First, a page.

Another Earth: Marshall and the Movies review

'Another Earth' fails to live up to its promising trailer and Sundance accolades, a disaster from beginning to end.

By , Marshall and the Movies

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    Brit Marling attends the premier of 'Another Earth' at Landmark's Sunshine Theatre in New York on July 20.
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Don’t let the Sundance laurel fool you – “Another Earth” is just as disposable as your average mainstream sci-fi flick nowadays. Mike Cahill’s directorial debut, also written by him and the film’s star Brit Marling, is a disaster from its opening minutes and limps along for another hour and a half barely breathing. To say that it wears out its welcome is quite the understatement because by the time it ends, you’ll feel like you accidentally walked into the multiplex’s sensory deprivation chamber.

Another cliched saying applicable here would be “don’t judge a movie by its trailer” since it must be for another movie, not “Another Earth.” If you were drawn in by the intriguing premise of parallel worlds and science-fiction interplanetary travel, you are in for otherworldly disappointment.

The best thing the movie had to offer is little more than a subplot, a plot gimmick occasionally brought up in conversation but never fulfilling its enormous potential. When the film finally cashes in on this underworked aspect in its dying breath, it feels like something we were expecting in the first reel.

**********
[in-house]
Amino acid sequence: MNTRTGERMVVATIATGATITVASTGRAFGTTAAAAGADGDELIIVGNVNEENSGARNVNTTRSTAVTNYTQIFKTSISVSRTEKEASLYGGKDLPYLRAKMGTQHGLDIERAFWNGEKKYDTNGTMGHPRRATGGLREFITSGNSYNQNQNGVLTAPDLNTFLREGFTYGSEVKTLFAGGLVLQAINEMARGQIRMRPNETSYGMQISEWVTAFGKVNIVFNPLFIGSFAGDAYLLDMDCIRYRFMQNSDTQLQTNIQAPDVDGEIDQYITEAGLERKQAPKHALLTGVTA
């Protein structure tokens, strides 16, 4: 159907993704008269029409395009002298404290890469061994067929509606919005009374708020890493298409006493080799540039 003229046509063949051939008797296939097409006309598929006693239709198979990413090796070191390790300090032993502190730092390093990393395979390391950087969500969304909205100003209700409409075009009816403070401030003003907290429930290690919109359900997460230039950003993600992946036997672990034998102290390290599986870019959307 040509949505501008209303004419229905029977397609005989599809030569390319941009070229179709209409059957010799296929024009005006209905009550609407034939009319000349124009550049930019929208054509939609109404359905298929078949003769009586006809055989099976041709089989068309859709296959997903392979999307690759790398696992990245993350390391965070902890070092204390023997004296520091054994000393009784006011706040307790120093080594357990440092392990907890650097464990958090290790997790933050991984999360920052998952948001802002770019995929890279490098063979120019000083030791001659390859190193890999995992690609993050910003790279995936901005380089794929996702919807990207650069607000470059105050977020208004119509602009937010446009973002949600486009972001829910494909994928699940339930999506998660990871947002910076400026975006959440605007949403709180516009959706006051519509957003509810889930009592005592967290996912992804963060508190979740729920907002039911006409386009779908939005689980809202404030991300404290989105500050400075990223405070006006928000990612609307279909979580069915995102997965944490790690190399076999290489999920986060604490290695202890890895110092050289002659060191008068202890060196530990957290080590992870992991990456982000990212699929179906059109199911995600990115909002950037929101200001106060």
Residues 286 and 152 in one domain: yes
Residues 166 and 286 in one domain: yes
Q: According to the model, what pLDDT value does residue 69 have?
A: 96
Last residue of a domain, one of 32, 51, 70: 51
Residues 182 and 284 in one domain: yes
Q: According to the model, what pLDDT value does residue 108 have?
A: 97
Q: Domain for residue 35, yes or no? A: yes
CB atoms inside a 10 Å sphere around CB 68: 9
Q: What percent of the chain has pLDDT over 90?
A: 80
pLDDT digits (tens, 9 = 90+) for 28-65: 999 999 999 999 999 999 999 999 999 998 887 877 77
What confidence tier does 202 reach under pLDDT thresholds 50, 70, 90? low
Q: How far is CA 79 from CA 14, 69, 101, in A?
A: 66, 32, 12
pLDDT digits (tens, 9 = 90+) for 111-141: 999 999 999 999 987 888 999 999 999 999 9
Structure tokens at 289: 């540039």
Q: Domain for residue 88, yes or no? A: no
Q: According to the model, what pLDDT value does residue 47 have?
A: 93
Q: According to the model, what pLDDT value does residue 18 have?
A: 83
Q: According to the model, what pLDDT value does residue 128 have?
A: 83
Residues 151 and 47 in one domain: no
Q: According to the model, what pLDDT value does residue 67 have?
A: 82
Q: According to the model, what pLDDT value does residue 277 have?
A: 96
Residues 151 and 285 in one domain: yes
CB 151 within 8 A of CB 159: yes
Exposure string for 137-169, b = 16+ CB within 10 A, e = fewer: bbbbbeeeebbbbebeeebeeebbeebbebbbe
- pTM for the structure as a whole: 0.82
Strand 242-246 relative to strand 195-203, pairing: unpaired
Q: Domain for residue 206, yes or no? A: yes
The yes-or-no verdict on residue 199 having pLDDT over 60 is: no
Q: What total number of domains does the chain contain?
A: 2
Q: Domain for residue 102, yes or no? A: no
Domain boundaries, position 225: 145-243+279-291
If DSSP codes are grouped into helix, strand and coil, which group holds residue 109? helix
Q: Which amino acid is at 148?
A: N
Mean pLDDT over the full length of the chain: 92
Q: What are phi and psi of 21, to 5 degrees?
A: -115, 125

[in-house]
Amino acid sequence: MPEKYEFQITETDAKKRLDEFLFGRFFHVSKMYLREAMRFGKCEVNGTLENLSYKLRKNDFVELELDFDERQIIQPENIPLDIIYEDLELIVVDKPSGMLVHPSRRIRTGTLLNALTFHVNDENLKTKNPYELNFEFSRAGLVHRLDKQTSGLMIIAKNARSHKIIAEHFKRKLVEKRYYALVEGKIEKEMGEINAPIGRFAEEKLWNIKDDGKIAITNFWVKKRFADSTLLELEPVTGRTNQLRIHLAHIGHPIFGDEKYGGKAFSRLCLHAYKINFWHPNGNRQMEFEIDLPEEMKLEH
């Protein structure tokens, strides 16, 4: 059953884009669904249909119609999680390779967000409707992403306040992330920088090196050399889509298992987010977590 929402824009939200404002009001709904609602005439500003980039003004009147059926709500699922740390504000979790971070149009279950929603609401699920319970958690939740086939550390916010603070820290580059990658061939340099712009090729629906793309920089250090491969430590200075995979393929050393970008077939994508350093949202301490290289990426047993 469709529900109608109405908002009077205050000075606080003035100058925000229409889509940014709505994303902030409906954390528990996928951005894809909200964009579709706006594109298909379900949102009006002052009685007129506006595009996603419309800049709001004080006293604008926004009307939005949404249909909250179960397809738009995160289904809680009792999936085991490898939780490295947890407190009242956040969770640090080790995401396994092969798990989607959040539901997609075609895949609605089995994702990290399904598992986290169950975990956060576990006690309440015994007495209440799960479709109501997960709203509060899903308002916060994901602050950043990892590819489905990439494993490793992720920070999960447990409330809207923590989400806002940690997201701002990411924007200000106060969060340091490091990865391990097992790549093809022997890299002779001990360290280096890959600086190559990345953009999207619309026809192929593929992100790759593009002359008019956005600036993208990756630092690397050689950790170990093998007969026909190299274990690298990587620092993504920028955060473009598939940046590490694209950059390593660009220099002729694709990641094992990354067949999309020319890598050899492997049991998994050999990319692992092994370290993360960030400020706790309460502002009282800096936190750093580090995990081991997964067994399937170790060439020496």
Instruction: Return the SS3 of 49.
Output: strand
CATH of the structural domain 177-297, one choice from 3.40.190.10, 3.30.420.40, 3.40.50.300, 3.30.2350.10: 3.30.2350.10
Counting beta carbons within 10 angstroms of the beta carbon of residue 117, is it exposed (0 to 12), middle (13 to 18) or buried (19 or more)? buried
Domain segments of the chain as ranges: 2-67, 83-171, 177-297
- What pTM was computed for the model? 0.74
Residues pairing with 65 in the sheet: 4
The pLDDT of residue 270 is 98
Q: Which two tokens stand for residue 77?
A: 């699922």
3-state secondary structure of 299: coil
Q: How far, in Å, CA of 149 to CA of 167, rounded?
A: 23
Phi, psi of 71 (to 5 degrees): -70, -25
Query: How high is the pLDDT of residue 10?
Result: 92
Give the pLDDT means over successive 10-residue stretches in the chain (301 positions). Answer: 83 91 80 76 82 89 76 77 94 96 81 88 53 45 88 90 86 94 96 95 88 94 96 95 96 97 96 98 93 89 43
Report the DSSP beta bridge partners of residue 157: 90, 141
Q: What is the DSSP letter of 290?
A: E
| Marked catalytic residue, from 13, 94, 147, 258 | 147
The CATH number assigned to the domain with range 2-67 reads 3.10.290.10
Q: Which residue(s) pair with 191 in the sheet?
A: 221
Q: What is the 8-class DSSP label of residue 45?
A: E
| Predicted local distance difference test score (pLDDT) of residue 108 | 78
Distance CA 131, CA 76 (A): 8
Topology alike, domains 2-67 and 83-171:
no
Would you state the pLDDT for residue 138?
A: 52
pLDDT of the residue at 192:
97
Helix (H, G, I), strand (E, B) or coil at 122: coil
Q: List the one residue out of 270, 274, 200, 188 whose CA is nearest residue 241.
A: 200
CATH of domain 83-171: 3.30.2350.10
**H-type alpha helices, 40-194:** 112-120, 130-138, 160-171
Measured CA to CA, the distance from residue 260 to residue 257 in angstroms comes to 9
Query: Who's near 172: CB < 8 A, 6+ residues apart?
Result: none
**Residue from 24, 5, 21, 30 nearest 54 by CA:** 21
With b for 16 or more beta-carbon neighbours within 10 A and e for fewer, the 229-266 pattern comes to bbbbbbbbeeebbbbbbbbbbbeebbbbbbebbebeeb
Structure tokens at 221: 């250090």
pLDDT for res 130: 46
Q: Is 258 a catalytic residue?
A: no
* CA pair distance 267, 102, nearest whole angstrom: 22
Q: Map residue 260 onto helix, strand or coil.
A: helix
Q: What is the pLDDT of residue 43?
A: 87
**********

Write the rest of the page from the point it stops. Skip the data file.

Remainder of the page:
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The movie’s main plot, on the other hand, abandons originality and settles for a contrived tale of a woman (Marling) coping with grief. After killing John Burroughs’ (William Mapother) wife and child in a drunken driving accident, she feels the need for catharsis by bringing herself closer to the pain that still haunts her. Sound familiar?

I made a list of 10 movies in the past 5 years that have done it better. But even more than that, it’s a carbon copy of last year’s “Rabbit Hole” that lost all its heart, emotion, and power in the transfer. Nicole Kidman and company make their grief truly moving, while Brit Marling’s painfully reserved, borderline masochistic behavior combined with William Mapother’s endless moping makes for a brutal watch. The only thing they succeed in doing is making you wish you could be transported to another earth – one where you didn’t waste your time watching this movie. D.

Marshall blogs at Marshall and the Movies.

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The Christian Science Monitor has assembled a diverse group of music, film, and television bloggers. Our guest bloggers are not employed or directed by The Monitor and the views expressed are the bloggers' own and they are responsible for the content of their blogs. To contact us about a blogger, click here.

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